Two Types of People

I came across the following tweet the other day, commenting on the predictable GOP reaction to Elizabeth Warren’s ambitious “free college/student loan debt forgiveness” proposal:

“I have come to realize that there are two types of people in the world: those who say, ‘I had to suffer through this, so you people should, too,’ and those who say, ‘I had to suffer through this, so I want to make it better for those who come after me.'”

Man does this resonate.

The “suffering builds character” crowd will conjure up endless reasons to justify their opinions, but it’s all a sleight of hand routine to cover up their primary emotion: envy.

As always, there’s nothing new under the sun. Let’s look at Jesus’ parable of the workers in the vineyard (Matthew 20: 1-16):

“For the kingdom of heaven is like a landowner who went out early in the morning to hire workers for his vineyard. He agreed to pay them a denarius for the day and sent them into his vineyard.

About nine in the morning he went out and saw others standing in the marketplace doing nothing. He told them, ‘You also go and work in my vineyard, and I will pay you whatever is right.’ So they went.

He went out again about noon and about three in the afternoon and did the same thing. About five in the afternoon he went out and found still others standing around. He asked them, ‘Why have you been standing here all day long doing nothing?’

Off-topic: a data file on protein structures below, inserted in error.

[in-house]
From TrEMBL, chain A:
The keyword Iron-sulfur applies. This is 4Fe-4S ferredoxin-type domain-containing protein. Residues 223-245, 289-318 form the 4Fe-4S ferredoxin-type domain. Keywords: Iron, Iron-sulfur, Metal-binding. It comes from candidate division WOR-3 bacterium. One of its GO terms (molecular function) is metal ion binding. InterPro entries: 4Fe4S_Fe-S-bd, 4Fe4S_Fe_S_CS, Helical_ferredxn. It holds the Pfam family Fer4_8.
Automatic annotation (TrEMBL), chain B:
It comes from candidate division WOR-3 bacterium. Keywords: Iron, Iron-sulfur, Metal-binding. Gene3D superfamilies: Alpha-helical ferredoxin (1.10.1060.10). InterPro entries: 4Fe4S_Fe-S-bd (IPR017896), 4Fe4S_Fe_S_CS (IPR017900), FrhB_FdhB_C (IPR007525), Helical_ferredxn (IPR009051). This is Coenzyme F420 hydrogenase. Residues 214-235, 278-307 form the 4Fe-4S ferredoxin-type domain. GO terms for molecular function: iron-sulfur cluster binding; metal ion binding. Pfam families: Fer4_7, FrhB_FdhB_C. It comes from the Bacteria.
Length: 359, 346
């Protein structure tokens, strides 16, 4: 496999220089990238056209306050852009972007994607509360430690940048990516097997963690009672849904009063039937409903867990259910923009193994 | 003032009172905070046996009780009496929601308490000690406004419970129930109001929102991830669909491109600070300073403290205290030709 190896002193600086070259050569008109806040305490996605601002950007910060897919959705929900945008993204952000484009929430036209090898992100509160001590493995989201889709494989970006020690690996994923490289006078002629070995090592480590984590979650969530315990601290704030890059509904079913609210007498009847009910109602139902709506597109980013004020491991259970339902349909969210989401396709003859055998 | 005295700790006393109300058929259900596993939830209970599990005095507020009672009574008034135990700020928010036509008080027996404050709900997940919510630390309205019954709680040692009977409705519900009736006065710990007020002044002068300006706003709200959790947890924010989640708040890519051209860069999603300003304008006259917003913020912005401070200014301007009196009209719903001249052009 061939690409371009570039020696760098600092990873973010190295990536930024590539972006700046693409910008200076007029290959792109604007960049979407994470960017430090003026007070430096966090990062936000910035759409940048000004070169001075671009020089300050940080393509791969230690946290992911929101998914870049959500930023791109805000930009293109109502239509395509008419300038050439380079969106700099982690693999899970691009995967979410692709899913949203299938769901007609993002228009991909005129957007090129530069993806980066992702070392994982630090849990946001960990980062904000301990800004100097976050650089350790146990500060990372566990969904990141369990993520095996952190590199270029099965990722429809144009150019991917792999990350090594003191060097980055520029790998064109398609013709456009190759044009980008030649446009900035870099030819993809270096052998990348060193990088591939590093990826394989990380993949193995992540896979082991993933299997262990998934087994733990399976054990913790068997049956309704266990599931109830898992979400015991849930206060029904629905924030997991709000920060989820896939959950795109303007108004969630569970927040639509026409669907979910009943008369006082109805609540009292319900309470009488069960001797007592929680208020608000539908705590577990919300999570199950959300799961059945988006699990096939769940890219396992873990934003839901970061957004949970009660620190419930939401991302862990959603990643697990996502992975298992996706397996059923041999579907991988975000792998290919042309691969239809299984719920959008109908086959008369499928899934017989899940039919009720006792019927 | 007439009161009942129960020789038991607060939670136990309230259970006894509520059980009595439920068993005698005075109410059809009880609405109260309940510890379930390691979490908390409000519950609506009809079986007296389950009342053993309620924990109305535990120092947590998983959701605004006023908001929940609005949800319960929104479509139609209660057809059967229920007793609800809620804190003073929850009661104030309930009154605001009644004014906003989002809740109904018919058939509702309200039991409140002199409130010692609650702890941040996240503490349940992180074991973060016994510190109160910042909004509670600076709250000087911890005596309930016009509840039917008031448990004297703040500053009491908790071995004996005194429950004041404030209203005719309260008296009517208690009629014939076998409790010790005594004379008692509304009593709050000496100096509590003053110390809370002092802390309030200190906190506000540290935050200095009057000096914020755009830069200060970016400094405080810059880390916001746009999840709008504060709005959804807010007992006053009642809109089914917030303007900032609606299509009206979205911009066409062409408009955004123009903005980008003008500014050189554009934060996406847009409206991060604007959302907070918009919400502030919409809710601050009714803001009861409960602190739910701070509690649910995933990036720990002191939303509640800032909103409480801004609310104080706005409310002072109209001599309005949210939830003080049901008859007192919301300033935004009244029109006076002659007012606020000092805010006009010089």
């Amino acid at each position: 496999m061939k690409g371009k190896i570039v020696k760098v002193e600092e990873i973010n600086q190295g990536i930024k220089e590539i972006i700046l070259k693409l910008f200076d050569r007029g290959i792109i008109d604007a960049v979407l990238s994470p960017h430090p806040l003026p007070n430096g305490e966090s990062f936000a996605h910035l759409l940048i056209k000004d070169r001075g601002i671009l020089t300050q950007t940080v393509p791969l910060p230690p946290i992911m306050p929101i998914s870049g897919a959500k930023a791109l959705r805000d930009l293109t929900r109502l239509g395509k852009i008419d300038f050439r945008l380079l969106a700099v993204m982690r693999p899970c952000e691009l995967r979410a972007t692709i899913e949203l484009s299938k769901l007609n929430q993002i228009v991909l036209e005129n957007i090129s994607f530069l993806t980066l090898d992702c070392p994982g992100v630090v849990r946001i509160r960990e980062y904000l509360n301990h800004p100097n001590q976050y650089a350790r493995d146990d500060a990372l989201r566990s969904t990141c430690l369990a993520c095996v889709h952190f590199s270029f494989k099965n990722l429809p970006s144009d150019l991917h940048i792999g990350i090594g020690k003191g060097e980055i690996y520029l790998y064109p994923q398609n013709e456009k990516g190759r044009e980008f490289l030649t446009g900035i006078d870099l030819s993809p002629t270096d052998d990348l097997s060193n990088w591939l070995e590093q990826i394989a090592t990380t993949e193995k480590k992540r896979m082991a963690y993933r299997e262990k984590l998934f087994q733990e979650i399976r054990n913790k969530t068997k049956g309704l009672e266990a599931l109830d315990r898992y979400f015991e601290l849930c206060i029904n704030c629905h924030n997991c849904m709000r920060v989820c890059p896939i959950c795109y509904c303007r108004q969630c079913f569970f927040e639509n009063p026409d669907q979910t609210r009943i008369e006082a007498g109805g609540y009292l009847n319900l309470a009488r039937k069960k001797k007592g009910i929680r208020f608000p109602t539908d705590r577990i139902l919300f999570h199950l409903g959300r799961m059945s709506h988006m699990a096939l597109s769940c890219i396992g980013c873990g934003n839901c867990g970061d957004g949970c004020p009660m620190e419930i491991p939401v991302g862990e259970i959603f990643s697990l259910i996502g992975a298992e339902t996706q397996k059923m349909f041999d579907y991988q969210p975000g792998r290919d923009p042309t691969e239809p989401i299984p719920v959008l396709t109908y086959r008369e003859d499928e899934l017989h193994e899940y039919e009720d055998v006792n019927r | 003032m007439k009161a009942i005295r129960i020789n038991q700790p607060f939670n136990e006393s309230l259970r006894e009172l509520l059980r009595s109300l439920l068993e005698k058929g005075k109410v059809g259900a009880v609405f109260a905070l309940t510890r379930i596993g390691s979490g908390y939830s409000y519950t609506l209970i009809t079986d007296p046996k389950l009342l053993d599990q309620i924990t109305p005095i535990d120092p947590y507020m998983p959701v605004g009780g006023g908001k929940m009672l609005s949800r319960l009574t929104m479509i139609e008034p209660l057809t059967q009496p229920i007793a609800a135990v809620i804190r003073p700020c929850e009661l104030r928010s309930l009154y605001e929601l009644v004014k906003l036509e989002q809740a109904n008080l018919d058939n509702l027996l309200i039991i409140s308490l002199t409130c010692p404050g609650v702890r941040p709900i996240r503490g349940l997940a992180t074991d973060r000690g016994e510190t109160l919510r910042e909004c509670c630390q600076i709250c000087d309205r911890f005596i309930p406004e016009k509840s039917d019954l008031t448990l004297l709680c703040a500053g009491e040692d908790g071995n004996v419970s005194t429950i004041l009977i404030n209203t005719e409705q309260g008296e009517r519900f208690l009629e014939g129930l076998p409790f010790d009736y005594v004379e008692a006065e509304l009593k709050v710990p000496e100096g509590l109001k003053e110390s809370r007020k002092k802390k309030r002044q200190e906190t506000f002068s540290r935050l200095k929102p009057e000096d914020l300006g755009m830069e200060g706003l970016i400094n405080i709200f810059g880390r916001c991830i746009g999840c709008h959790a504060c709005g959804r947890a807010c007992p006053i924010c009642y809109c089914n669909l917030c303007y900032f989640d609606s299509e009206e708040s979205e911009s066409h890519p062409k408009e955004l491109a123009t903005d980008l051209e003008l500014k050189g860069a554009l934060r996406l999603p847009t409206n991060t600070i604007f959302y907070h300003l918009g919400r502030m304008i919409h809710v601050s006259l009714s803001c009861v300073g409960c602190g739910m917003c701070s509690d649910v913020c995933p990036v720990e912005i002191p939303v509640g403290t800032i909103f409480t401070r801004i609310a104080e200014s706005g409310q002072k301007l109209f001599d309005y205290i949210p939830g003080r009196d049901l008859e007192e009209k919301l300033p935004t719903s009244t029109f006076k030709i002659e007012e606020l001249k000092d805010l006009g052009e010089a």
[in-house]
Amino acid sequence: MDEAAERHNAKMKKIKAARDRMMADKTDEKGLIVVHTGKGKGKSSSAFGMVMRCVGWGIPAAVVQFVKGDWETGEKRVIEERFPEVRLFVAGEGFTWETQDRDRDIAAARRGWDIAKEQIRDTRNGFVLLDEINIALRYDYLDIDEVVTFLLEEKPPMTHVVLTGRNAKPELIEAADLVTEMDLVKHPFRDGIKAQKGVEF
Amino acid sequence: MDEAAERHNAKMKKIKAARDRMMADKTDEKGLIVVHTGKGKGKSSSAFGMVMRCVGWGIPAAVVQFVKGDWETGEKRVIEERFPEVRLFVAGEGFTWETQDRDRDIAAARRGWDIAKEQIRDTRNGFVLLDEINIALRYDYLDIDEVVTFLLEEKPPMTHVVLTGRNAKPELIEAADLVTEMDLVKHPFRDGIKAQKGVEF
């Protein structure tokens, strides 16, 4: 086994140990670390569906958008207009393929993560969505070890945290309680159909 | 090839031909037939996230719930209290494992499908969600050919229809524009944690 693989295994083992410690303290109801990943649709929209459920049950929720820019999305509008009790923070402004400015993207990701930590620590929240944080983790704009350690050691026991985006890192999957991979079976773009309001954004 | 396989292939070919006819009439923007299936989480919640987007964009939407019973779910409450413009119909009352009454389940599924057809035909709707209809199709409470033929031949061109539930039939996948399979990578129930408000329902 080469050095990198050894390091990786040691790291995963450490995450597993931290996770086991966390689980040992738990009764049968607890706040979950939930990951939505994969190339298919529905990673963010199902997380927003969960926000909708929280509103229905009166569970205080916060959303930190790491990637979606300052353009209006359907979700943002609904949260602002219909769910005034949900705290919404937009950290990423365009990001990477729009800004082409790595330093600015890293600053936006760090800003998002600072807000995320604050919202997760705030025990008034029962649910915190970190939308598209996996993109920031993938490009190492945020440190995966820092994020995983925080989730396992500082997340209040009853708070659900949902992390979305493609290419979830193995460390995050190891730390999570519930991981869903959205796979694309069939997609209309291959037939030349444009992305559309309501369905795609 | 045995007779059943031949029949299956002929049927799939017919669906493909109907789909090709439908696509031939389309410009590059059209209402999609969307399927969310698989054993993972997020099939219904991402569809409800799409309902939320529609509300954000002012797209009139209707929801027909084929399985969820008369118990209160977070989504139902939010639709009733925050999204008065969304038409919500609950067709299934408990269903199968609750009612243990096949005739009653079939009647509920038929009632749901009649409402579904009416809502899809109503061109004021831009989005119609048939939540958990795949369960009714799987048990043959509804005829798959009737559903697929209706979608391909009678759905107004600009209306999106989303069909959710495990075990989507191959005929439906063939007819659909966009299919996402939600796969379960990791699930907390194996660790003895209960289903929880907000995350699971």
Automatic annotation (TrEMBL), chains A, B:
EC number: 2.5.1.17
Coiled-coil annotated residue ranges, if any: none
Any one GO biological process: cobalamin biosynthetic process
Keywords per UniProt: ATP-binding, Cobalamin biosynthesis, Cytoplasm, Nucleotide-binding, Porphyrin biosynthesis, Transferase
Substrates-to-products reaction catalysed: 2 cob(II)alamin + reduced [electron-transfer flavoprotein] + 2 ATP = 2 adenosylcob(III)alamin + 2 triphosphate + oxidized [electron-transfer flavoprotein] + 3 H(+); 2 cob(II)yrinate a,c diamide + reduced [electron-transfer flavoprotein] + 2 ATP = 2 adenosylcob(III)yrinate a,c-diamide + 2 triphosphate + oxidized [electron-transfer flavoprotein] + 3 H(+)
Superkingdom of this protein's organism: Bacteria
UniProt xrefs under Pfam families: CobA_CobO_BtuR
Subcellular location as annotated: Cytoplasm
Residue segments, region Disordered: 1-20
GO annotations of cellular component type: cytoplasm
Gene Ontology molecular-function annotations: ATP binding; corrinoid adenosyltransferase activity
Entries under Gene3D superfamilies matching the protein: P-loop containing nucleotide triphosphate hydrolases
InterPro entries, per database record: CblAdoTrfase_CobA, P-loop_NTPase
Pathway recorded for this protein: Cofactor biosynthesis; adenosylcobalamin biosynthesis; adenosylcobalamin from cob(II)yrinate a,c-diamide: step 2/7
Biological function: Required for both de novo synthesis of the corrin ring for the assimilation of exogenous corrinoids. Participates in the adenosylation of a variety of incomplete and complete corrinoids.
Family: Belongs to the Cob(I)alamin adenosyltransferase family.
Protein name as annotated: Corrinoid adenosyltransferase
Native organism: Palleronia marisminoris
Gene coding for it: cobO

‘Because no one has hired us,’ they answered.

He said to them, ‘You also go and work in my vineyard.’

When evening came, the owner of the vineyard said to his foreman, ‘Call the workers and pay them their wages, beginning with the last ones hired and going on to the first.’

The workers who were hired about five in the afternoon came and each received a denarius. So when those came who were hired first, they expected to receive more. But each one of them also received a denarius. When they received it, they began to grumble against the landowner. ‘These who were hired last worked only one hour,’ they said, ‘and you have made them equal to us who have borne the burden of the work and the heat of the day.’

But he answered one of them, ‘I am not being unfair to you, friend. Didn’t you agree to work for a denarius? Take your pay and go. I want to give the one who was hired last the same as I gave you. Don’t I have the right to do what I want with my own money? Or are you envious because I am generous?’

So the last will be first, and the first will be last.”

You know who else probably felt slighted? Older Polio survivors watching younger people receive the newly-available vaccine. Or victims of discrimination that had their lives or careers sidelined, only to watch the barriers start to fall for the next generation. This is progress, and something to be celebrated.

Being human means feeling hurt, or sometimes vehemently disagreeing with the decisions of others. You may not approve of how your tax dollars are being spent by those in charge, but pause for a moment to reflect on your motivation. Don’t keep yourself afloat by forcing the heads of others underwater in your pool of envy.